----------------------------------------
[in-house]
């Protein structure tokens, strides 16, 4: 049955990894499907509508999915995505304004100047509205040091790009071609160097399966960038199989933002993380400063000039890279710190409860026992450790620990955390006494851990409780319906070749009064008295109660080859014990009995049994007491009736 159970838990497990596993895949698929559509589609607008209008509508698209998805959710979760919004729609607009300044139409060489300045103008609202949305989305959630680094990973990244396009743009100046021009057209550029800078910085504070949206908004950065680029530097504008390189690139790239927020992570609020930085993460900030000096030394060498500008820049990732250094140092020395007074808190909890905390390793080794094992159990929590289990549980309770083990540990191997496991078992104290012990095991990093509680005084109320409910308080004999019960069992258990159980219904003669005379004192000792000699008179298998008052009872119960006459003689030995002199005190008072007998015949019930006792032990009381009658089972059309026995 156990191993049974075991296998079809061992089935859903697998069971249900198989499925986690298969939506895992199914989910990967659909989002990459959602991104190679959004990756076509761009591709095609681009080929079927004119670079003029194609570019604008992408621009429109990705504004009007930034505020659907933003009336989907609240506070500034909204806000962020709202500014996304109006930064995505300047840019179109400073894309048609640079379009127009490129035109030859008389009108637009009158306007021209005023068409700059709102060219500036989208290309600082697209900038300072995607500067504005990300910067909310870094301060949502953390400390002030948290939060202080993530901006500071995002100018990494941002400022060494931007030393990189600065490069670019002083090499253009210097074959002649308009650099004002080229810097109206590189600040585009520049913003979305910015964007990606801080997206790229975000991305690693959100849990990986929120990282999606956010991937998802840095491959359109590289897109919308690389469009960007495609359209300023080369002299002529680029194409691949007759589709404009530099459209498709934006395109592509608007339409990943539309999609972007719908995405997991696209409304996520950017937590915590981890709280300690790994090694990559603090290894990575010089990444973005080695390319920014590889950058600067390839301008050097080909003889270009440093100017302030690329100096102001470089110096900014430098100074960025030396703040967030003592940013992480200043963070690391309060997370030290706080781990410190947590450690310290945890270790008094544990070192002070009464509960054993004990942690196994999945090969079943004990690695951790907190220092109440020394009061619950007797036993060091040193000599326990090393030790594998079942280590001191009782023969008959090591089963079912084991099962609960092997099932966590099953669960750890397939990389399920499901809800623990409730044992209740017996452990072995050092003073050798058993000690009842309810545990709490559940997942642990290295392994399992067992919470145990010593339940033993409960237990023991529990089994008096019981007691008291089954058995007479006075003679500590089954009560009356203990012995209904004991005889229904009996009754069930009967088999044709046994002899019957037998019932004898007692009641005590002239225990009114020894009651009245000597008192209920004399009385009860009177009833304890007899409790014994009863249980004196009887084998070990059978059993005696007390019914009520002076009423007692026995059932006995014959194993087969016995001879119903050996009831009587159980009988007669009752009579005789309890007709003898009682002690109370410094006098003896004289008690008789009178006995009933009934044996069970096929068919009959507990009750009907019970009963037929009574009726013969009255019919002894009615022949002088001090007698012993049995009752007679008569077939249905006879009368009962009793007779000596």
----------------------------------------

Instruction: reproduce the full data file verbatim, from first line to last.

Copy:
[in-house]
């Protein structure tokens, strides 16, 4: 049955990894499907509508999915995505304004100047509205040091790009071609160097399966960038199989933002993380400063000039890279710190409860026992450790620990955390006494851990409780319906070749009064008295109660080859014990009995049994007491009736 159970838990497990596993895949698929559509589609607008209008509508698209998805959710979760919004729609607009300044139409060489300045103008609202949305989305959630680094990973990244396009743009100046021009057209550029800078910085504070949206908004950065680029530097504008390189690139790239927020992570609020930085993460900030000096030394060498500008820049990732250094140092020395007074808190909890905390390793080794094992159990929590289990549980309770083990540990191997496991078992104290012990095991990093509680005084109320409910308080004999019960069992258990159980219904003669005379004192000792000699008179298998008052009872119960006459003689030995002199005190008072007998015949019930006792032990009381009658089972059309026995 156990191993049974075991296998079809061992089935859903697998069971249900198989499925986690298969939506895992199914989910990967659909989002990459959602991104190679959004990756076509761009591709095609681009080929079927004119670079003029194609570019604008992408621009429109990705504004009007930034505020659907933003009336989907609240506070500034909204806000962020709202500014996304109006930064995505300047840019179109400073894309048609640079379009127009490129035109030859008389009108637009009158306007021209005023068409700059709102060219500036989208290309600082697209900038300072995607500067504005990300910067909310870094301060949502953390400390002030948290939060202080993530901006500071995002100018990494941002400022060494931007030393990189600065490069670019002083090499253009210097074959002649308009650099004002080229810097109206590189600040585009520049913003979305910015964007990606801080997206790229975000991305690693959100849990990986929120990282999606956010991937998802840095491959359109590289897109919308690389469009960007495609359209300023080369002299002529680029194409691949007759589709404009530099459209498709934006395109592509608007339409990943539309999609972007719908995405997991696209409304996520950017937590915590981890709280300690790994090694990559603090290894990575010089990444973005080695390319920014590889950058600067390839301008050097080909003889270009440093100017302030690329100096102001470089110096900014430098100074960025030396703040967030003592940013992480200043963070690391309060997370030290706080781990410190947590450690310290945890270790008094544990070192002070009464509960054993004990942690196994999945090969079943004990690695951790907190220092109440020394009061619950007797036993060091040193000599326990090393030790594998079942280590001191009782023969008959090591089963079912084991099962609960092997099932966590099953669960750890397939990389399920499901809800623990409730044992209740017996452990072995050092003073050798058993000690009842309810545990709490559940997942642990290295392994399992067992919470145990010593339940033993409960237990023991529990089994008096019981007691008291089954058995007479006075003679500590089954009560009356203990012995209904004991005889229904009996009754069930009967088999044709046994002899019957037998019932004898007692009641005590002239225990009114020894009651009245000597008192209920004399009385009860009177009833304890007899409790014994009863249980004196009887084998070990059978059993005696007390019914009520002076009423007692026995059932006995014959194993087969016995001879119903050996009831009587159980009988007669009752009579005789309890007709003898009682002690109370410094006098003896004289008690008789009178006995009933009934044996069970096929068919009959507990009750009907019970009963037929009574009726013969009255019919002894009615022949002088001090007698012993049995009752007679008569077939249905006879009368009962009793007779000596």